A graphic presentation of the greatly increased rates of tax under the present Law, as compared with the rate applying under each of the previous three Laws, appears on the Charts, pages 22 and 23.
4. One of the distinctive features of the new Act is the plan to define the taxes to be paid in 1920 (on the basis of income for the year, 1919). This section calls Rates for for a lower normal rate,-eight or four per cent., rather than the twelve or six for the year 1918.
Surtax rates are scheduled to remain unchanged. Of course as a practical matter it is difficult or even impossible to make a well considered forecast of the financial requirements of the Government for 1920 and Congress therefore, at the next session, may entirely revamp the Revenue Law including the rate schedule.
This statement of the contemplated change in tax rates is necessary for an analysis of the new so-called "dual plan" law, just enacted. Hereafter in this book, however, all discussion will concern the Act of 1918 as it relates to the taxes payable for the calendar year of 1918.
5. Under the law of 1917, the non-resident alien was Non-Resident not subject to the normal tax of two per cent. levied by Aliens that law, but was subject to the normal tax of the Law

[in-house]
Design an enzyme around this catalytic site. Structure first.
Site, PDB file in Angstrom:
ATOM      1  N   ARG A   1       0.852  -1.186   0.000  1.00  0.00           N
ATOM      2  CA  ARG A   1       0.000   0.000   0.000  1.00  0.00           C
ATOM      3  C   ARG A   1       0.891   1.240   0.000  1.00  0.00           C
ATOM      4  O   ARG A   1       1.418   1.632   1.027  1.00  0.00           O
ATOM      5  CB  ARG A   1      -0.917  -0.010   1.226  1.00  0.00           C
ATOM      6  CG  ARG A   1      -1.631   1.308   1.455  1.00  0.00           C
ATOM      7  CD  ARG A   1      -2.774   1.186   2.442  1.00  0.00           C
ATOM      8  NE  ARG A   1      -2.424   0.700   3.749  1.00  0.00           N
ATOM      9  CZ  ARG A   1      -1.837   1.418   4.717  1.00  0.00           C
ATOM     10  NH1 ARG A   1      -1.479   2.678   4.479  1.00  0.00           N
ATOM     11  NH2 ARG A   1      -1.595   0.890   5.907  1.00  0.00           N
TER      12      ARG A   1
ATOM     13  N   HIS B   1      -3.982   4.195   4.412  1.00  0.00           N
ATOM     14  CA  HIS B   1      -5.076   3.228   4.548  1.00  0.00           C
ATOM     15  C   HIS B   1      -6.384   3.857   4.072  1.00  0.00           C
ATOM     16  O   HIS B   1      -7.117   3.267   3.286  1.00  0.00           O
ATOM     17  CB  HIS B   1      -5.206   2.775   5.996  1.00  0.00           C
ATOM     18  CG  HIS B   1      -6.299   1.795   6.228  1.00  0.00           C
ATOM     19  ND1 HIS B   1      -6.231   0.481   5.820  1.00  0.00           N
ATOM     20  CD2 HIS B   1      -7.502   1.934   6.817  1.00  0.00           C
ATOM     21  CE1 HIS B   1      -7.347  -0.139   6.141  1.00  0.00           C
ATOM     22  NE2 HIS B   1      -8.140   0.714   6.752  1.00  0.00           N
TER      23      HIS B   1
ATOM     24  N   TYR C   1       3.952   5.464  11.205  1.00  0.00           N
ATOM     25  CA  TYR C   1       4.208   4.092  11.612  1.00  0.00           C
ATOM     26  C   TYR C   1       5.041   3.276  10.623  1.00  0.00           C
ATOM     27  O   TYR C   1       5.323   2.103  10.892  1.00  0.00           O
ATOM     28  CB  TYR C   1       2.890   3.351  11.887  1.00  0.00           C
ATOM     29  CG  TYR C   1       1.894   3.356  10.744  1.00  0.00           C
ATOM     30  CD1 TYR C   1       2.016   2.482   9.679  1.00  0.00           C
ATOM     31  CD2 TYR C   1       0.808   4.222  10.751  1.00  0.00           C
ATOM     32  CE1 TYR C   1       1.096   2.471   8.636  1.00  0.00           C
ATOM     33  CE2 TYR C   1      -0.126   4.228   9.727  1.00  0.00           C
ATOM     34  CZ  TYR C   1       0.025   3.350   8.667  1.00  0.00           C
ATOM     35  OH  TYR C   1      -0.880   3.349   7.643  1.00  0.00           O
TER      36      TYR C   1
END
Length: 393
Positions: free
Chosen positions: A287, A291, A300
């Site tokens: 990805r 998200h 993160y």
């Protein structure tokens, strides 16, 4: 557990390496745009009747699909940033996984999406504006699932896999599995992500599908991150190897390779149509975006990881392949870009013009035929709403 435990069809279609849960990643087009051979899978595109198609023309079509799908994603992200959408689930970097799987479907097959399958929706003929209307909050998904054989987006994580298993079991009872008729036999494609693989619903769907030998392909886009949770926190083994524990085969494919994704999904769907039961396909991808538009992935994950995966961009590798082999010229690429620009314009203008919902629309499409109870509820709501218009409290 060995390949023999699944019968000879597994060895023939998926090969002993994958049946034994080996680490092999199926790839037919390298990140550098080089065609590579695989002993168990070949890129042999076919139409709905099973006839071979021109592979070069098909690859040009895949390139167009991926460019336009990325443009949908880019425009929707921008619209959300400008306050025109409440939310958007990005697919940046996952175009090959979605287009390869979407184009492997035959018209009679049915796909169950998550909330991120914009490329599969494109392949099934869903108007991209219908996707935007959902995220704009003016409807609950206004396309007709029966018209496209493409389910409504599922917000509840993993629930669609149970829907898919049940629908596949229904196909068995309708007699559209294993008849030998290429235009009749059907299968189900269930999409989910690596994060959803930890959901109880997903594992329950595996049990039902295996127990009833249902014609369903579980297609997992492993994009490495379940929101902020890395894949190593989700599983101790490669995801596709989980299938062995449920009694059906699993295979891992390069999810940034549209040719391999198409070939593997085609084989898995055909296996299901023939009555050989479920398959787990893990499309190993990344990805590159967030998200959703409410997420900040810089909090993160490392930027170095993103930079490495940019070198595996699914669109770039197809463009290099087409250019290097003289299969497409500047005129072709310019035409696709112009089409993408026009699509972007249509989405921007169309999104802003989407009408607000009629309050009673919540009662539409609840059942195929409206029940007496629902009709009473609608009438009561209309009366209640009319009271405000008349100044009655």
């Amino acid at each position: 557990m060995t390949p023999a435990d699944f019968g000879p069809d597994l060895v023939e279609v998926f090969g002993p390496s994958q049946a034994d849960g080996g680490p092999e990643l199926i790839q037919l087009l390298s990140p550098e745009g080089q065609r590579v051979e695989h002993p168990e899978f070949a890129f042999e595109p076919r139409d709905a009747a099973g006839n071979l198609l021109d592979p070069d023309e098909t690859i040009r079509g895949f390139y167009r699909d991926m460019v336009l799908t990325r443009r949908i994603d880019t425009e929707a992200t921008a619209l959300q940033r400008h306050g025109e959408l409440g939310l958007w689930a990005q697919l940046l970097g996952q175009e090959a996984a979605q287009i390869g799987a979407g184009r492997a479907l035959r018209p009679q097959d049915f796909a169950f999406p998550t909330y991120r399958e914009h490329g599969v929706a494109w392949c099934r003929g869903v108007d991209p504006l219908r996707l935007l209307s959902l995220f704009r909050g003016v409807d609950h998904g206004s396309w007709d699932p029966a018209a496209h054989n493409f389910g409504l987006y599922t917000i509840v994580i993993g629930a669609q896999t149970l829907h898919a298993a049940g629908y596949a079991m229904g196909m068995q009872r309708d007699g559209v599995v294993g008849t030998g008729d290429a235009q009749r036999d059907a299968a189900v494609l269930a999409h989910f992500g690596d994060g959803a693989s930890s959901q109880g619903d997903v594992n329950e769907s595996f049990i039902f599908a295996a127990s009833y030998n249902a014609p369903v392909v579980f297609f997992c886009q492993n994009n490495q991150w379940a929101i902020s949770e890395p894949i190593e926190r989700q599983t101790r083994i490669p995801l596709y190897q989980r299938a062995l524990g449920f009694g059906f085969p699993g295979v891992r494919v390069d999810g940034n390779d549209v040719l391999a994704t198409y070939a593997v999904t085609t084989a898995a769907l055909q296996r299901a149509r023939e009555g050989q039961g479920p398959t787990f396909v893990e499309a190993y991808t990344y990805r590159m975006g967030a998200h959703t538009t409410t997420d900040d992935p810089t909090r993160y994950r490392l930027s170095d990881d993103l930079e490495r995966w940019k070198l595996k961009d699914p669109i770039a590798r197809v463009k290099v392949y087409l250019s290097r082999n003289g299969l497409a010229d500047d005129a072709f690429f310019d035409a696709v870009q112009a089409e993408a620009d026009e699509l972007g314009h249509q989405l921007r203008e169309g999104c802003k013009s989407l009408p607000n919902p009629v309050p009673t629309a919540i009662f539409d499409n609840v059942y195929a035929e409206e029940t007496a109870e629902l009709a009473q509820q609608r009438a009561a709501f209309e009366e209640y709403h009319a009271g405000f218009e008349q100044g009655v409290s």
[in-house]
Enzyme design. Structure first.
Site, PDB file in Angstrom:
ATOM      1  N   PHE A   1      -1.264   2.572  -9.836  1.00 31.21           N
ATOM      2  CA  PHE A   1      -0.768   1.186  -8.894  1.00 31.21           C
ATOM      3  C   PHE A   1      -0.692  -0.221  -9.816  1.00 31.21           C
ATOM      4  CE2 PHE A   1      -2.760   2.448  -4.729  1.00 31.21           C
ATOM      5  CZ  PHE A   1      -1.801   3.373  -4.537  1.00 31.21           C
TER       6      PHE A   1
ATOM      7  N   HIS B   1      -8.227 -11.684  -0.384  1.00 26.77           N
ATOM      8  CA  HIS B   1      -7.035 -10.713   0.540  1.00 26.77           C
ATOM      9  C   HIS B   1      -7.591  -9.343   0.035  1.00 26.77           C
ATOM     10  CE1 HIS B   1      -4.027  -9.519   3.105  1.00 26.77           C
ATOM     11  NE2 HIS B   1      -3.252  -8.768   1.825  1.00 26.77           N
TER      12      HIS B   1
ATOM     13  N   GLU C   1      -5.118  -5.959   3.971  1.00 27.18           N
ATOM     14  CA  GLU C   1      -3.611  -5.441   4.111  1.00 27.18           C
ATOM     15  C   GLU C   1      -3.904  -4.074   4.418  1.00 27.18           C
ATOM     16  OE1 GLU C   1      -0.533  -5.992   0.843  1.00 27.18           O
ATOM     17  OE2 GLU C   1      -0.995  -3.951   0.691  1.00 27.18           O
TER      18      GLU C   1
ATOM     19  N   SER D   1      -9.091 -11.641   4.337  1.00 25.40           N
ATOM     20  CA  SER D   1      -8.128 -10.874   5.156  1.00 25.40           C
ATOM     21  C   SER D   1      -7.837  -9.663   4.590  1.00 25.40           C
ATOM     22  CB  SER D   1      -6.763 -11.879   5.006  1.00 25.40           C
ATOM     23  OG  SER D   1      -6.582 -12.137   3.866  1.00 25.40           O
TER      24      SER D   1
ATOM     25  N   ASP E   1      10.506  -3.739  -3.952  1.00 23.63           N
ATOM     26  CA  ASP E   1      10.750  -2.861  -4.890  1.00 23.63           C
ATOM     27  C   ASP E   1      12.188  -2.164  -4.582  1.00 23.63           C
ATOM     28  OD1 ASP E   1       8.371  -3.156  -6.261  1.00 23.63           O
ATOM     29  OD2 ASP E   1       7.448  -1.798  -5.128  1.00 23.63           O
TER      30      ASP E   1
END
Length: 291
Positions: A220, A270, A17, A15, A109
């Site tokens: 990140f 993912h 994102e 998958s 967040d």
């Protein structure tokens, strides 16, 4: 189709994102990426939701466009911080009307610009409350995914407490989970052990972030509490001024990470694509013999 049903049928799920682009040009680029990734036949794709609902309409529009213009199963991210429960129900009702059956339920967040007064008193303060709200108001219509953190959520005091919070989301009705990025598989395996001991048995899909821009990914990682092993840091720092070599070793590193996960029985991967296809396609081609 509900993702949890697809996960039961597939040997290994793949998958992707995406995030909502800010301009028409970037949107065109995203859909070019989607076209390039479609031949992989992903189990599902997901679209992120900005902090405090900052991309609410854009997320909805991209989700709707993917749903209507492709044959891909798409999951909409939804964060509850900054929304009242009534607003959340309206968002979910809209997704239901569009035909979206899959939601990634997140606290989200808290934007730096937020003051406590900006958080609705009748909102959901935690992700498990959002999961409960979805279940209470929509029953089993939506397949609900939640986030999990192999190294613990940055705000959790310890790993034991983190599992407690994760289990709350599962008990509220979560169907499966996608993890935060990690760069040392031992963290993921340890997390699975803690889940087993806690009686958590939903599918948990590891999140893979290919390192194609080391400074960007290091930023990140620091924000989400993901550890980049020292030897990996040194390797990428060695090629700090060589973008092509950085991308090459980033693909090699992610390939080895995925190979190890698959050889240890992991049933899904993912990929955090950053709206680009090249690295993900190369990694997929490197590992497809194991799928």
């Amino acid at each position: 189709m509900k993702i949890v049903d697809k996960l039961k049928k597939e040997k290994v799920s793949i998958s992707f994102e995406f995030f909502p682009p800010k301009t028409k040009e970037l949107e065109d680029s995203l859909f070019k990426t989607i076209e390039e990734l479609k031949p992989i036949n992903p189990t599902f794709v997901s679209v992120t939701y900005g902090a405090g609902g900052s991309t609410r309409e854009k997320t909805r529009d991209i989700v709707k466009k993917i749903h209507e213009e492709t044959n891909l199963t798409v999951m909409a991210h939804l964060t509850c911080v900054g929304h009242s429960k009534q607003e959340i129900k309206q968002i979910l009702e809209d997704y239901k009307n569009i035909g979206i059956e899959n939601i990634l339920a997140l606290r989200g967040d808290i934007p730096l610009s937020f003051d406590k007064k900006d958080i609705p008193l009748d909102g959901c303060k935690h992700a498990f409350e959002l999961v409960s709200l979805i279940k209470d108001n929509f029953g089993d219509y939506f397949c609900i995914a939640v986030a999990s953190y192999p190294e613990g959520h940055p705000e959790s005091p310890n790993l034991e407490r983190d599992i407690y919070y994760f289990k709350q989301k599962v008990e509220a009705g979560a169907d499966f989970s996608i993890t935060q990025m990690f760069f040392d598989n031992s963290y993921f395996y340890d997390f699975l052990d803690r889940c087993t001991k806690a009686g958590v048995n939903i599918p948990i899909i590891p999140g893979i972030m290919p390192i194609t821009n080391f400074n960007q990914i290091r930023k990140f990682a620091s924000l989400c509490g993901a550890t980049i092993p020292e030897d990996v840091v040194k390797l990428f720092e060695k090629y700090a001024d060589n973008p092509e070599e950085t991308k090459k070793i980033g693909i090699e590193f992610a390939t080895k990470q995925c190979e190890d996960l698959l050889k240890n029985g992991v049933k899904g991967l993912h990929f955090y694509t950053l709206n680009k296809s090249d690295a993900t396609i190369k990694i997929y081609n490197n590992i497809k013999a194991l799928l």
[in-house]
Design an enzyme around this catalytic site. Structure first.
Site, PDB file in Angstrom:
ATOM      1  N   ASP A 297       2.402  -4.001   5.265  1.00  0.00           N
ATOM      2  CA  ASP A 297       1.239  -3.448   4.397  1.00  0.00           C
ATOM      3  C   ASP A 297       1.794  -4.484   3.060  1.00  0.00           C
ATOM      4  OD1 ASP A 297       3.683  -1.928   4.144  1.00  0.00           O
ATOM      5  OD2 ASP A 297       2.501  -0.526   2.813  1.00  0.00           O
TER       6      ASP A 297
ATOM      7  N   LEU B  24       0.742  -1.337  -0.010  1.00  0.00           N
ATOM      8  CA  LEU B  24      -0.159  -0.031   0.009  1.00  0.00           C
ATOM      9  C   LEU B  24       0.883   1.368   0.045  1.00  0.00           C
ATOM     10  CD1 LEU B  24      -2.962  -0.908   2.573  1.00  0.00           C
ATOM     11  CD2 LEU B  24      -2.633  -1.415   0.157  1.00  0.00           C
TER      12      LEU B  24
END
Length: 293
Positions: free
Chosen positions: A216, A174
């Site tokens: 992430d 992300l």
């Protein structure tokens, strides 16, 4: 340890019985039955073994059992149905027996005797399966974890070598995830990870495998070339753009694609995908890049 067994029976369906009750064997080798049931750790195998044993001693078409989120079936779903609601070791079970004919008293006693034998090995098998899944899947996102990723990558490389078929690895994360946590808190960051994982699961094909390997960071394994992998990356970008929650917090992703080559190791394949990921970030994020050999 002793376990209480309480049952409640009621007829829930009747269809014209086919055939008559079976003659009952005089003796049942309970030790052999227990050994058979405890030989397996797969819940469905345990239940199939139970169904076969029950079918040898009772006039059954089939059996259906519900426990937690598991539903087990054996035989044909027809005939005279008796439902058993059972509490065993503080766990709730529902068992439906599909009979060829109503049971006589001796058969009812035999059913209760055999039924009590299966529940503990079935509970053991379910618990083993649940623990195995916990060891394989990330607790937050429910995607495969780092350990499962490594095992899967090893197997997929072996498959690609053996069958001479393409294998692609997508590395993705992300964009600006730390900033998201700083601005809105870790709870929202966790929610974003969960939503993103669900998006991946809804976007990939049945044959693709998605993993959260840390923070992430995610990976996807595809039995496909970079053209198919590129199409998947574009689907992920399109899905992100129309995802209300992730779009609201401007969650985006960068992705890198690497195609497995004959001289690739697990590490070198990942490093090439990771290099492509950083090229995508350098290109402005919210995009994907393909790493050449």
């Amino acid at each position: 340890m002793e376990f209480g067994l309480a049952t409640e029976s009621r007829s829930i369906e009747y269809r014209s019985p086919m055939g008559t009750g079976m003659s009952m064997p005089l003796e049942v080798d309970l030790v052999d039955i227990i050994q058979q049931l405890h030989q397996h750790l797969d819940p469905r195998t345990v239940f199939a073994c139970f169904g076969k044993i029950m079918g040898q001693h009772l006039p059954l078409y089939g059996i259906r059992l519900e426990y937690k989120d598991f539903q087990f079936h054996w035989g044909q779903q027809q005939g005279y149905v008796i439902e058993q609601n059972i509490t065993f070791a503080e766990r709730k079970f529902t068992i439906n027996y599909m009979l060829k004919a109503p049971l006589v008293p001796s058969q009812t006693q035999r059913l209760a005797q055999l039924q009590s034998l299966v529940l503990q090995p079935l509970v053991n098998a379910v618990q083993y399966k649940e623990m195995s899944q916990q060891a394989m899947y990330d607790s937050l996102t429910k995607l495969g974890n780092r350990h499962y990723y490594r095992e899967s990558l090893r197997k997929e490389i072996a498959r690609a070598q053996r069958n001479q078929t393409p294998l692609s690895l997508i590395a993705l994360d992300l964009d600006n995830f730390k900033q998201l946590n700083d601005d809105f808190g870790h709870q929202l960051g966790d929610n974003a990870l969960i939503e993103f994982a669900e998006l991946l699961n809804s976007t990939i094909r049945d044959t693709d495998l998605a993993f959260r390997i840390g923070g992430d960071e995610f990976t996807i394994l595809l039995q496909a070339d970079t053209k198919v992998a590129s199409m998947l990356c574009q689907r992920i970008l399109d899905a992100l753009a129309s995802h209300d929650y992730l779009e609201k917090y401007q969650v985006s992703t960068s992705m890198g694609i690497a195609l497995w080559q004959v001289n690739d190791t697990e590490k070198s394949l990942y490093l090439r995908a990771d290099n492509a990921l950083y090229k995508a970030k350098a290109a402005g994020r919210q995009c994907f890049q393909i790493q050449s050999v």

"Normal" or Basic Tax
of 1916. Under the Revenue Act of 1918 he is liable to both normal tax and surtaxes, the range of tax which he must pay on his American income being the same as for a citizen or resident, except that the rate of his normal tax is always twelve per cent. He does not have the advantage of the lower normal rate of six (after 1919 four) per cent. upon the first $4,000 in excess of credits. He pays the same surtaxes as a citizen or resident. A general discussion of the rights and liabilities of the non-resident alien, for his greater convenience, will be found in a special section later in this analysis.
6. In connection with the gradually increasing rates of tax, it should be recalled that each successively higher rate applies, not to all of an individual's income, but only to that particular part of his income which falls within a certain range fixed by the Statute. For example, the tax rate of sixty-eight per cent. applies to the amount of income which exceeds $150,000 but does not exceed $200,000, i. e., on the top $50,000 of income. The next higher rate then applies to income falling within the next higher range fixed by the statute, and so on up.
7. Table No. 1, appearing on pages 19 and 20, shows the rates and amounts of taxes to be paid by citizens or residents on amounts of taxable income from $2,000 to $10,000,000. An example showing the method of computing the tax, appears on page 21.
8. In originally designating any income tax rate as the "normal" tax, the theory was presumably that that rate was the basic tax applied to all forms of taxable income. Exemptions were allowed in certain cases; but disregarding allowances, the rate of the "normal" tax was the basic rate levied against all taxable income, whether in one form or another, and whether it accrued to an